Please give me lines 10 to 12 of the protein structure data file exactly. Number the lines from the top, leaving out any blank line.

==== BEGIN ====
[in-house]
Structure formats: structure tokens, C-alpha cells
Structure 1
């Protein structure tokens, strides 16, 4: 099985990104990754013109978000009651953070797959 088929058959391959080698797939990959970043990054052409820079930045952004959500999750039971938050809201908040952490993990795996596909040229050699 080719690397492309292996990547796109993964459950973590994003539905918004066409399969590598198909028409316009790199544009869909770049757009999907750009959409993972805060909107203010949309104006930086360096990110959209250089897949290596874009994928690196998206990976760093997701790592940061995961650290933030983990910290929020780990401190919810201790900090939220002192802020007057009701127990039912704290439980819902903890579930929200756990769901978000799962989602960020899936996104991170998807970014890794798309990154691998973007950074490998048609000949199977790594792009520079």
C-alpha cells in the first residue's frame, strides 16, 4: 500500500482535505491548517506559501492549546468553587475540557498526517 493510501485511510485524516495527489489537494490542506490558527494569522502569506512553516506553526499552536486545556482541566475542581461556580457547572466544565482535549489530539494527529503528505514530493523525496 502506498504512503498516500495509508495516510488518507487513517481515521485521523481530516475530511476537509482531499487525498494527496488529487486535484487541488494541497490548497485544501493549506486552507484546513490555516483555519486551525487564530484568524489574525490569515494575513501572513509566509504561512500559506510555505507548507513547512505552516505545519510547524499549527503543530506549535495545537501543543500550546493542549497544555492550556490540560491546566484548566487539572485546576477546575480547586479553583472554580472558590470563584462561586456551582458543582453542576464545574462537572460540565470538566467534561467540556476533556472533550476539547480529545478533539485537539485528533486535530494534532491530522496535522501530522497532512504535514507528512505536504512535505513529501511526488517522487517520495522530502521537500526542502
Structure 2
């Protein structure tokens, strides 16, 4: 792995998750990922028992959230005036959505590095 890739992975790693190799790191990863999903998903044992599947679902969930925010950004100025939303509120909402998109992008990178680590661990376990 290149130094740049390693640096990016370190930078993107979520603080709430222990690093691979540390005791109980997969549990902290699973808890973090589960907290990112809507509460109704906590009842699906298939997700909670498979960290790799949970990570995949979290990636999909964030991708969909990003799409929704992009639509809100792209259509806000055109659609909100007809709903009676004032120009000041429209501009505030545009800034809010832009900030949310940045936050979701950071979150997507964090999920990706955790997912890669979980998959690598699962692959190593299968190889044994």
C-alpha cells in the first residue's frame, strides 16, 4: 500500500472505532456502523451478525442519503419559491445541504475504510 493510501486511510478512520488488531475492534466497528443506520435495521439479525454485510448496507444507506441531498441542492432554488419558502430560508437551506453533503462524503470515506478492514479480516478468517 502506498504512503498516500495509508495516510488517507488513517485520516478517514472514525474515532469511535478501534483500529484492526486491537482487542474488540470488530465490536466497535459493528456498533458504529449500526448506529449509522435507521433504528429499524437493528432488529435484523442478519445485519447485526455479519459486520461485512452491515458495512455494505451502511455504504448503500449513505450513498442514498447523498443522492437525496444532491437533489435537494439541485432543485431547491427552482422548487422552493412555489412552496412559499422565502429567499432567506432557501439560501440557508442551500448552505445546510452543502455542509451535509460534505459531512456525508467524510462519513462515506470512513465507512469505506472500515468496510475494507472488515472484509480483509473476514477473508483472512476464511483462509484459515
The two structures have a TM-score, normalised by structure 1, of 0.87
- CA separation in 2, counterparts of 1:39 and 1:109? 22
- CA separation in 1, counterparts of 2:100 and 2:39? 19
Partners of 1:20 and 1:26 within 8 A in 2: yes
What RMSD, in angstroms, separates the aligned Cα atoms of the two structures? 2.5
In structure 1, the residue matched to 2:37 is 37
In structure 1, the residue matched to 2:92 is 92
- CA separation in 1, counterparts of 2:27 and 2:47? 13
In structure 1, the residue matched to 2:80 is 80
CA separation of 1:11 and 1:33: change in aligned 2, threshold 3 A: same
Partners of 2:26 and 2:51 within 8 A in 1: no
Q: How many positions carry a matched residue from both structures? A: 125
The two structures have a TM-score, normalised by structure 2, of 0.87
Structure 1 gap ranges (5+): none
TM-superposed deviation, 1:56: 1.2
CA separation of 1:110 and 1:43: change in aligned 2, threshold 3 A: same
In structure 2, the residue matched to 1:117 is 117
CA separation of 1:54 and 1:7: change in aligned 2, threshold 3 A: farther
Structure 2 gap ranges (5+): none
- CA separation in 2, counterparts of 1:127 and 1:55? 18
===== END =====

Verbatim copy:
- CA separation in 2, counterparts of 1:39 and 1:109? 22
- CA separation in 1, counterparts of 2:100 and 2:39? 19
Partners of 1:20 and 1:26 within 8 A in 2: yes